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    Canadian Labour Laws for Small Business: Part One

    Starting your own business means wearing a whole lot of different hats, at least at the beginning. Head of Production, V.P. Marketing, HR Director. One hat you want to be careful about wearing is Head of Legal. Canada’s labour laws as outlined in the Employment Standards Act, can be difficult to navigate, and misinterpreting them can be costly. Best to hire the knowledge. But until you can afford it, knowing these 8 standards should keep you on the right path (Much of the information below is taken from the Canadian Labour Code – the Code – and some of what follows is particular to Ontario and Bill 148, the The Fair Workplaces, Better Jobs act and how it changes standards in that province. So it is best you become familiar with the standards particular to your province or territory.)
    1. Minimum Wage
      Before you hire them, you best know what you need to pay them. Here are the Provincial and Territorial minimum wages:

      British Columbia – $15.20
      Alberta – $15.00
      Saskatchewan – $11.45
      Manitoba – $11.90
      Ontario – $14.25
      Quebec – $13.50
      New Brunswick – $11.75
      Nova Scotia – $12.95
      Prince Edward Island – $13.00
      Newfoundland and Labrador – $12.50
      Yukon – $13.85
      NWT – $13.46
      Nunavut – $16.00

      Some provinces and territories may have different minimum wages for students under 16 years of age, servers of alcohol as well as some nature and hunting guides. Good idea to make yourself familiar with the policies pertinent to your business.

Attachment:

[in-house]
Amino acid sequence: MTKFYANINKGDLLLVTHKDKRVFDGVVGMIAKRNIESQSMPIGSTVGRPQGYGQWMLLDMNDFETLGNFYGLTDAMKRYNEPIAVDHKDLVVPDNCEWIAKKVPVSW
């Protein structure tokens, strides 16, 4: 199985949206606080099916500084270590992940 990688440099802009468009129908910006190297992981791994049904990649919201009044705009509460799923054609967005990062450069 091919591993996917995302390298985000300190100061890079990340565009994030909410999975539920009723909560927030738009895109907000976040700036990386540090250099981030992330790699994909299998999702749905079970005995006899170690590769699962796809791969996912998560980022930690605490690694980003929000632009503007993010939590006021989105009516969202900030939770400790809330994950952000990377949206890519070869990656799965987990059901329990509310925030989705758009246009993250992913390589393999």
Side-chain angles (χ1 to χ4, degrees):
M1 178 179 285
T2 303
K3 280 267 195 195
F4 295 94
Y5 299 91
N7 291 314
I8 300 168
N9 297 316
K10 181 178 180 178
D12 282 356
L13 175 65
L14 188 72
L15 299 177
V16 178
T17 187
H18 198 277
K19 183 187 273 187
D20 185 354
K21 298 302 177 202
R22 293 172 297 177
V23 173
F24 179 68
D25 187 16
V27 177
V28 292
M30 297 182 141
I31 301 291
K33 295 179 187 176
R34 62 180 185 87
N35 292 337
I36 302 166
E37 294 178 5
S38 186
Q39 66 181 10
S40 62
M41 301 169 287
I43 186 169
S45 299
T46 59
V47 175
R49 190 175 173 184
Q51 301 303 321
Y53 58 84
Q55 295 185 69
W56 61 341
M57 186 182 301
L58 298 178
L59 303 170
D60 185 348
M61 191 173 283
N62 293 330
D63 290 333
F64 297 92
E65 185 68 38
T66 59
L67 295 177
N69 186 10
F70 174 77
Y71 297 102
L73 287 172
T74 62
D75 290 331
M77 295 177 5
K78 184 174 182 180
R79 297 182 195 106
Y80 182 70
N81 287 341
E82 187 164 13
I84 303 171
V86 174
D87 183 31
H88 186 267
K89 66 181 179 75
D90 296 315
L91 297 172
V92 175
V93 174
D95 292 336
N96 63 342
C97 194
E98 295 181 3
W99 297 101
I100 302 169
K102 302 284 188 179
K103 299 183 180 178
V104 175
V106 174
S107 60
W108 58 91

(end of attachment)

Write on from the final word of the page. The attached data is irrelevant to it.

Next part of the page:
2. Hours of Work
      Across the country, the standard work hours are 8 hours in a day and 40 hours in a week (or 7.5 hours a day and 37.5 hours a week when you subtract breaks), 

      During these hours, employees can take one15-minute break in the morning and another in the afternoon. When it comes to overtime pay, the usual rate in every Canadian province is 1.5 times the hourly rate of the employee. Overtime pay usually kicks in after the employee goes over 40 hours per week. In some provinces, employees can take time off as compensation for overtime worked instead of pay, often referred to as “lieu time.”

    3. Paid Vacation
      All employees who have been working for the same company for 5 years or more are now entitled to 3 weeks paid vacation instead of 2. Employees with under 5 years of service will still get 2 weeks paid vacation. It remains up to the employers to grant or deny requests for multiple periods of vacation, considering the impact it will have on operations. The Code does spell out the circumstances surrounding when these requests can be made, so employers may want to develop internal criteria for such requests, as well as procedures for processing the requests, which must be done in writing.
    4. Termination Notice & Pay